Archived Voice Articles

Programming team earns top regional finish

A trio of Dordt College students successfully competed in the ACM (Association of Computing Machinery) Programming Contest held last fall at Northwestern College.

Kyle Fey from Edgerton, Minnesota, Josh Van Schouwen from Sioux Center, and Bryan Burgers from Sioux Falls, South Dakota, had the best performance among the teams competing at Northwestern, which represented Briar Cliff University, Dordt College, Morningside College, Northwestern College, and the University of South Dakota.

Among the 187 teams derived from the entire North Central Region, Dordt College’s top team finished 50th. A second Dordt team consisting of Timothy Vis from Smithers, British Columbia, Jake Van Houten from Canby, Oregon, and Ryan Temple from Fulton, Illinois, placed 78th in the regional competition. The ACM North Central Region includes Minnesota, Wisconsin, Western Ontario, Manitoba, Iowa, North Dakota, South Dakota, Nebraska, and Kansas.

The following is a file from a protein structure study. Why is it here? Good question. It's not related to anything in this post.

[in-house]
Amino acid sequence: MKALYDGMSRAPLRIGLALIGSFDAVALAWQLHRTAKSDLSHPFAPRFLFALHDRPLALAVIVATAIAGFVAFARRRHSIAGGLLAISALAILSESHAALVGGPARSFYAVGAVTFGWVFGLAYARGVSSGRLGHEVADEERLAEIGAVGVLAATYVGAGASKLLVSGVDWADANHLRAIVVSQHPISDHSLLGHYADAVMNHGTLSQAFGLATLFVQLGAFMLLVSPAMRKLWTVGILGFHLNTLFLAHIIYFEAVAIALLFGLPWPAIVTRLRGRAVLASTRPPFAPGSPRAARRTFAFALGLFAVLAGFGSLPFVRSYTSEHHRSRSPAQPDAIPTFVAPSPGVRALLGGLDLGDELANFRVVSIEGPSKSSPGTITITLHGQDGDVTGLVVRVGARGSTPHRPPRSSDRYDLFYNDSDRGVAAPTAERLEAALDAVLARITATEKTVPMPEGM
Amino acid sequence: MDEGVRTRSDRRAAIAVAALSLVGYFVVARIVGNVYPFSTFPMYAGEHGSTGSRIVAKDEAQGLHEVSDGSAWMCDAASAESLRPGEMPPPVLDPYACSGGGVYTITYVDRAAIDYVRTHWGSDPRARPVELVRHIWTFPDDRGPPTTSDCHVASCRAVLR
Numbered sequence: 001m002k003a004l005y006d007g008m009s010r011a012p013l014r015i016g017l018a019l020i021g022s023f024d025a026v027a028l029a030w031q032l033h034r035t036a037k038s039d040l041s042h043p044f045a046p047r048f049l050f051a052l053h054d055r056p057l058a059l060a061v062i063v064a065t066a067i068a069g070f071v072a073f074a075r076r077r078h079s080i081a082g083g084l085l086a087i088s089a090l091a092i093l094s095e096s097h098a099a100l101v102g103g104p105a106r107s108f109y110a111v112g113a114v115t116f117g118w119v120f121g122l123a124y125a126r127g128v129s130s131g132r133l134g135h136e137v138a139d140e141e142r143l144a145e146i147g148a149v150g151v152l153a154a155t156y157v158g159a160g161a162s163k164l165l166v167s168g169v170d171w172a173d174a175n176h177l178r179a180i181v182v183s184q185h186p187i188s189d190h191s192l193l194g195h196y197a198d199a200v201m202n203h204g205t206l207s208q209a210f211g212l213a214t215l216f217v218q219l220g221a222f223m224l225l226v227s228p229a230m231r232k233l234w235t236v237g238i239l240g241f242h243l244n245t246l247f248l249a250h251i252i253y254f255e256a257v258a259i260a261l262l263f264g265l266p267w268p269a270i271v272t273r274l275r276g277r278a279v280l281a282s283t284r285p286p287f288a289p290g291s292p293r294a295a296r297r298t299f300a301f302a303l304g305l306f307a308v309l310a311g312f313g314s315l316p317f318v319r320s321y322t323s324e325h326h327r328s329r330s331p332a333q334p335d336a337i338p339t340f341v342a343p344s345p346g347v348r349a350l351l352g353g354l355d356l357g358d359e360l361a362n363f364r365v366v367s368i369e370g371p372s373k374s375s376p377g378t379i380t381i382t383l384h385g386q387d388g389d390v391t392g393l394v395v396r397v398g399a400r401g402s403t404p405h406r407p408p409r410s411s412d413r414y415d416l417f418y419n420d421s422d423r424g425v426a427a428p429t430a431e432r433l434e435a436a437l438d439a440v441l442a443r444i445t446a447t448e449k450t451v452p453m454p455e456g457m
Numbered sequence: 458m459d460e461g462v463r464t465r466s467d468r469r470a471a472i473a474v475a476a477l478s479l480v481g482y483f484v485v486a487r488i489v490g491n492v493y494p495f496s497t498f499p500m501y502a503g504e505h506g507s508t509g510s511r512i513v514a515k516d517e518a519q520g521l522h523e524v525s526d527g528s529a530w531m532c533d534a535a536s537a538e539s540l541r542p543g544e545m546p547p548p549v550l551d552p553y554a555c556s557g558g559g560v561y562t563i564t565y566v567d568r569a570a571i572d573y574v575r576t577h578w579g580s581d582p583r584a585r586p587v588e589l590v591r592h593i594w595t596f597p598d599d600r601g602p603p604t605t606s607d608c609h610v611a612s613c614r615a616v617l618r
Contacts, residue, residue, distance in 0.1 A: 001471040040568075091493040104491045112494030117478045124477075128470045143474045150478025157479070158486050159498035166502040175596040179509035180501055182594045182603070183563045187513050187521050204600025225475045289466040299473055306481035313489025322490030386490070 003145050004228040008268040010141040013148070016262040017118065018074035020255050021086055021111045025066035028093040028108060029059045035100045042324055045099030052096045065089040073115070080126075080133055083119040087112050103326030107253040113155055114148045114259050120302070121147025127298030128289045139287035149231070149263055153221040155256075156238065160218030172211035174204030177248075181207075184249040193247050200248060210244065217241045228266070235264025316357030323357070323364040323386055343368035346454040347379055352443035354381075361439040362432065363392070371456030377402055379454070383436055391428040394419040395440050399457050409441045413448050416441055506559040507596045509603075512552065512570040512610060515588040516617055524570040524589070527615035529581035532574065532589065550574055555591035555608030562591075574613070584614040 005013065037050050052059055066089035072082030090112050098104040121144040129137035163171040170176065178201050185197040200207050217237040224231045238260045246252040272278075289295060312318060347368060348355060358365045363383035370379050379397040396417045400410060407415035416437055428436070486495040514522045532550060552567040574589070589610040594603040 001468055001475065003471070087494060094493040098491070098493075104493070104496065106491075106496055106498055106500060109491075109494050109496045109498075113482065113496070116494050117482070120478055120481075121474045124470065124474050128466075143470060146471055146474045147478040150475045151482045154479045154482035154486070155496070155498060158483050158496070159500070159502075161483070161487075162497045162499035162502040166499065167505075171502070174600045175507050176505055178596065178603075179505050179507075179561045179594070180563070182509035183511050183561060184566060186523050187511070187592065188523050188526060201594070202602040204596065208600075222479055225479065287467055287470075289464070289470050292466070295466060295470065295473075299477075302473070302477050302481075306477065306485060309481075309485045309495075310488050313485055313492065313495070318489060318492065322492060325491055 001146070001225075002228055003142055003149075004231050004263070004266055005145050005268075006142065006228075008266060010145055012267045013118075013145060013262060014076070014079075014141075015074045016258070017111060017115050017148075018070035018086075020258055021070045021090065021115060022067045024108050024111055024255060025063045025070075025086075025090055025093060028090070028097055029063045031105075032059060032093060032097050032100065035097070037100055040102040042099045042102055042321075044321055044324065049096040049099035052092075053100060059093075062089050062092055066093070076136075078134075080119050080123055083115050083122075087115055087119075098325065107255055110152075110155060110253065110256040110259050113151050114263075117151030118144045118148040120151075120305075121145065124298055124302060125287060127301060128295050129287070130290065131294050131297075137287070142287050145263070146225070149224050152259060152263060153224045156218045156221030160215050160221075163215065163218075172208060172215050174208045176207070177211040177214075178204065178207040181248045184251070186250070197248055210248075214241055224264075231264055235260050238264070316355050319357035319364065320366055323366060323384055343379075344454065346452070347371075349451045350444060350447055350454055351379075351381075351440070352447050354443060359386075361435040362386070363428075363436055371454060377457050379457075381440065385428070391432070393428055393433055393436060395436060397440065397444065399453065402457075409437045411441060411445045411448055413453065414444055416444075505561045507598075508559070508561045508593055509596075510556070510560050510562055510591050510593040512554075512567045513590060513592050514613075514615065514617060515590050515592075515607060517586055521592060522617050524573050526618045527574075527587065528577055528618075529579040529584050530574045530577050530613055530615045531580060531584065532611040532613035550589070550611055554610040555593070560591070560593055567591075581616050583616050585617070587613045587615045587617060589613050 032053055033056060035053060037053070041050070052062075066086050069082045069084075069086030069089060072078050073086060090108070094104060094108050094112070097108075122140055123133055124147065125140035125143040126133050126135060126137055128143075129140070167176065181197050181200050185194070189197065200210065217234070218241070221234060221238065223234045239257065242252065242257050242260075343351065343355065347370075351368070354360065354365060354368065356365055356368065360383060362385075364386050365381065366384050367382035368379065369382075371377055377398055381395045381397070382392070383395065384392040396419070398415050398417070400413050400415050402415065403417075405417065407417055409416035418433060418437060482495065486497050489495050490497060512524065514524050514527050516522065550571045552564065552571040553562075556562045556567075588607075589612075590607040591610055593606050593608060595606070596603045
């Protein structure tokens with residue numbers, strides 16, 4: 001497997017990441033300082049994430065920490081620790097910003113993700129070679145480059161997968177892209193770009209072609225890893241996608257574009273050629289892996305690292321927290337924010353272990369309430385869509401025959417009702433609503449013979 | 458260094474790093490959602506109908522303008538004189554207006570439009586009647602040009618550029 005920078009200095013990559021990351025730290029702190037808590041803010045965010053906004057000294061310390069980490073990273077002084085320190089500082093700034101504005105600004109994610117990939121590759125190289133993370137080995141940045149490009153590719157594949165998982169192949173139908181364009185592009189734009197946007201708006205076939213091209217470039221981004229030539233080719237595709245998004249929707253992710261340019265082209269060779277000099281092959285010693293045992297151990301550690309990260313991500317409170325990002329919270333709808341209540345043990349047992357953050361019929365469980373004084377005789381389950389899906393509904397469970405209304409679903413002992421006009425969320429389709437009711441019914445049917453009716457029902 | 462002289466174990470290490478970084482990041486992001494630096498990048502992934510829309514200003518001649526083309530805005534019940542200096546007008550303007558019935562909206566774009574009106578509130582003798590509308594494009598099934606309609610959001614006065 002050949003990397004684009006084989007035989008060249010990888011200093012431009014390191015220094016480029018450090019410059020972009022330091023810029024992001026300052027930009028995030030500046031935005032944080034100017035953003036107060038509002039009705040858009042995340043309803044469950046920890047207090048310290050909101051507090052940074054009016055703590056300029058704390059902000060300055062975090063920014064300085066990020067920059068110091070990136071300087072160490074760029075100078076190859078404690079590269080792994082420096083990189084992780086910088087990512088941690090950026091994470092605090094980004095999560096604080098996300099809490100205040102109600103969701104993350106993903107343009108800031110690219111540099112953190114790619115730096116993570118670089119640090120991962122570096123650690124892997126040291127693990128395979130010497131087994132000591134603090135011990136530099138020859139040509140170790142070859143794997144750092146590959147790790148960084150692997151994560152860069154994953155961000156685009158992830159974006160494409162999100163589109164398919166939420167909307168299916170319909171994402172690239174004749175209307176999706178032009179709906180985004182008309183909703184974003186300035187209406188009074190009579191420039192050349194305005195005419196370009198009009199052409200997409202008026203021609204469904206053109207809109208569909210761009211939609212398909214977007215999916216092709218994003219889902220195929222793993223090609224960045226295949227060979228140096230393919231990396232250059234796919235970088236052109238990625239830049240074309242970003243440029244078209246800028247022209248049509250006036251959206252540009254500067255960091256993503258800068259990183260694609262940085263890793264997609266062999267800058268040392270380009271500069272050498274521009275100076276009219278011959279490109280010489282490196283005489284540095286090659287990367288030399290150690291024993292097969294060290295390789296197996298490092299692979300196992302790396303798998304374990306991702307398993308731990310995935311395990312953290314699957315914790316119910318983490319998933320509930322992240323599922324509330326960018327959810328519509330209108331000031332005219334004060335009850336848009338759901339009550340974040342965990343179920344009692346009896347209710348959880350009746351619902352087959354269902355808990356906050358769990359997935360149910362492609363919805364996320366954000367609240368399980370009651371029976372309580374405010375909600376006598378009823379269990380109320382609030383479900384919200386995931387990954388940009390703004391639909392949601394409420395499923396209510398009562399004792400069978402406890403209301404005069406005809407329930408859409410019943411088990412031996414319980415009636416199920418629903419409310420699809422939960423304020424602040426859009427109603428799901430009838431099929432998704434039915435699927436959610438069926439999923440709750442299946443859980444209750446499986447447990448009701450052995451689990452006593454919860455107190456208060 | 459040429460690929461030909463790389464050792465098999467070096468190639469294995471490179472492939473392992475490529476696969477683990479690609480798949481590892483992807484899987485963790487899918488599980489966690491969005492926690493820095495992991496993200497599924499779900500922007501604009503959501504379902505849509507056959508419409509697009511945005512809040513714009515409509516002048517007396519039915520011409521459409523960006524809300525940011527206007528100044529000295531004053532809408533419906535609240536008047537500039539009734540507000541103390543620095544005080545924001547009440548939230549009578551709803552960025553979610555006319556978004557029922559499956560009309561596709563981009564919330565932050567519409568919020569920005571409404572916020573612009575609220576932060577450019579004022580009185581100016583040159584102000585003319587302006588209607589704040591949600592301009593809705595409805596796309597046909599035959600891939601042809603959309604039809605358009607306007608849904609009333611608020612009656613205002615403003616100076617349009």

World-wide, 72 teams will advance to the World Finals.

The ACM International Collegiate Programming Contest (ICPC) began in 1970 and is an innovative initiative that helps top students in the field of computer science develop their skills. Participation has grown to involve more than 23,000 of the finest students and faculty in computing disciplines at over 1,329 universities from 68 countries on six continents. The contest fosters creativity, teamwork, and innovation in building new software programs, and enables students to test their ability to perform under pressure.

The contest pits teams of three university students against eight or more complex, real-world problems, with a five-hour deadline. Huddled around a single computer, competitors race against the clock in a battle of logic, strategy, and mental endurance. Teammates collaborate to rank the difficulty of the problems, deduce the requirements, design test beds, and build software systems that solve the problems under the scrutiny of expert judges. The team that solves the most problems in the fewest attempts in the least cumulative time is declared the winner.